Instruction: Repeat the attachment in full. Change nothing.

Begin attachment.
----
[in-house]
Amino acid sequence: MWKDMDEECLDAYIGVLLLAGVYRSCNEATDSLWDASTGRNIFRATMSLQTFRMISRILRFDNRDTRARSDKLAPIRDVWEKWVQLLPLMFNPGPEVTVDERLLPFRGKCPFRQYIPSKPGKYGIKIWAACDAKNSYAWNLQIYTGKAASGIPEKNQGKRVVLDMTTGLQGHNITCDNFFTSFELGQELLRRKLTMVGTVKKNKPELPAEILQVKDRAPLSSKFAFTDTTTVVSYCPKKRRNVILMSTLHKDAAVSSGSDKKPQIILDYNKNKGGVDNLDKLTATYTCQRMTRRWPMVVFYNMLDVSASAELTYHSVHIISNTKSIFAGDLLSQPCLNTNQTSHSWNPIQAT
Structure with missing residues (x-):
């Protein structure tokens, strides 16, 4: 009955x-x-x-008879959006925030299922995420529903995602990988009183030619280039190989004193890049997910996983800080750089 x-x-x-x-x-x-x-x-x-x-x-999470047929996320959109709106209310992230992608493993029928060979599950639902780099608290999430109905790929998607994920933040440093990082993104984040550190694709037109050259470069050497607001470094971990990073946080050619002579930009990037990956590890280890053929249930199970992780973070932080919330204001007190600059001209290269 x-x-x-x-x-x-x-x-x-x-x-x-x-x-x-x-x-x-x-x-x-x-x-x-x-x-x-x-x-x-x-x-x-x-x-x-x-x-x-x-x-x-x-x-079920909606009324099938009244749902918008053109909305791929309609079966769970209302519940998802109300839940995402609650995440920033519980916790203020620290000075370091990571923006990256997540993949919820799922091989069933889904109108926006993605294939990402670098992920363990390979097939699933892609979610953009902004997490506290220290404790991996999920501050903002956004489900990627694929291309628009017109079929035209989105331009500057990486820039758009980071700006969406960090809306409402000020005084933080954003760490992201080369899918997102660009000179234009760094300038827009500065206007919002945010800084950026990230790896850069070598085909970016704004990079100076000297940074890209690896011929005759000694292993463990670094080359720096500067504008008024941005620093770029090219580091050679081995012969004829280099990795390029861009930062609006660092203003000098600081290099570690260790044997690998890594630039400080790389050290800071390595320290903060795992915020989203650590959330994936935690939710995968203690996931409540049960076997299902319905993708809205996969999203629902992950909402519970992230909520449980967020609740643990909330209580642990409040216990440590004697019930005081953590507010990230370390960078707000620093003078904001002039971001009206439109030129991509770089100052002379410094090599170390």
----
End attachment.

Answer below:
[in-house]
Amino acid sequence: MWKDMDEECLDAYIGVLLLAGVYRSCNEATDSLWDASTGRNIFRATMSLQTFRMISRILRFDNRDTRARSDKLAPIRDVWEKWVQLLPLMFNPGPEVTVDERLLPFRGKCPFRQYIPSKPGKYGIKIWAACDAKNSYAWNLQIYTGKAASGIPEKNQGKRVVLDMTTGLQGHNITCDNFFTSFELGQELLRRKLTMVGTVKKNKPELPAEILQVKDRAPLSSKFAFTDTTTVVSYCPKKRRNVILMSTLHKDAAVSSGSDKKPQIILDYNKNKGGVDNLDKLTATYTCQRMTRRWPMVVFYNMLDVSASAELTYHSVHIISNTKSIFAGDLLSQPCLNTNQTSHSWNPIQAT
Structure with missing residues (x-):
């Protein structure tokens, strides 16, 4: 009955x-x-x-008879959006925030299922995420529903995602990988009183030619280039190989004193890049997910996983800080750089 x-x-x-x-x-x-x-x-x-x-x-999470047929996320959109709106209310992230992608493993029928060979599950639902780099608290999430109905790929998607994920933040440093990082993104984040550190694709037109050259470069050497607001470094971990990073946080050619002579930009990037990956590890280890053929249930199970992780973070932080919330204001007190600059001209290269 x-x-x-x-x-x-x-x-x-x-x-x-x-x-x-x-x-x-x-x-x-x-x-x-x-x-x-x-x-x-x-x-x-x-x-x-x-x-x-x-x-x-x-x-079920909606009324099938009244749902918008053109909305791929309609079966769970209302519940998802109300839940995402609650995440920033519980916790203020620290000075370091990571923006990256997540993949919820799922091989069933889904109108926006993605294939990402670098992920363990390979097939699933892609979610953009902004997490506290220290404790991996999920501050903002956004489900990627694929291309628009017109079929035209989105331009500057990486820039758009980071700006969406960090809306409402000020005084933080954003760490992201080369899918997102660009000179234009760094300038827009500065206007919002945010800084950026990230790896850069070598085909970016704004990079100076000297940074890209690896011929005759000694292993463990670094080359720096500067504008008024941005620093770029090219580091050679081995012969004829280099990795390029861009930062609006660092203003000098600081290099570690260790044997690998890594630039400080790389050290800071390595320290903060795992915020989203650590959330994936935690939710995968203690996931409540049960076997299902319905993708809205996969999203629902992950909402519970992230909520449980967020609740643990909330209580642990409040216990440590004697019930005081953590507010990230370390960078707000620093003078904001002039971001009206439109030129991509770089100052002379410094090599170390």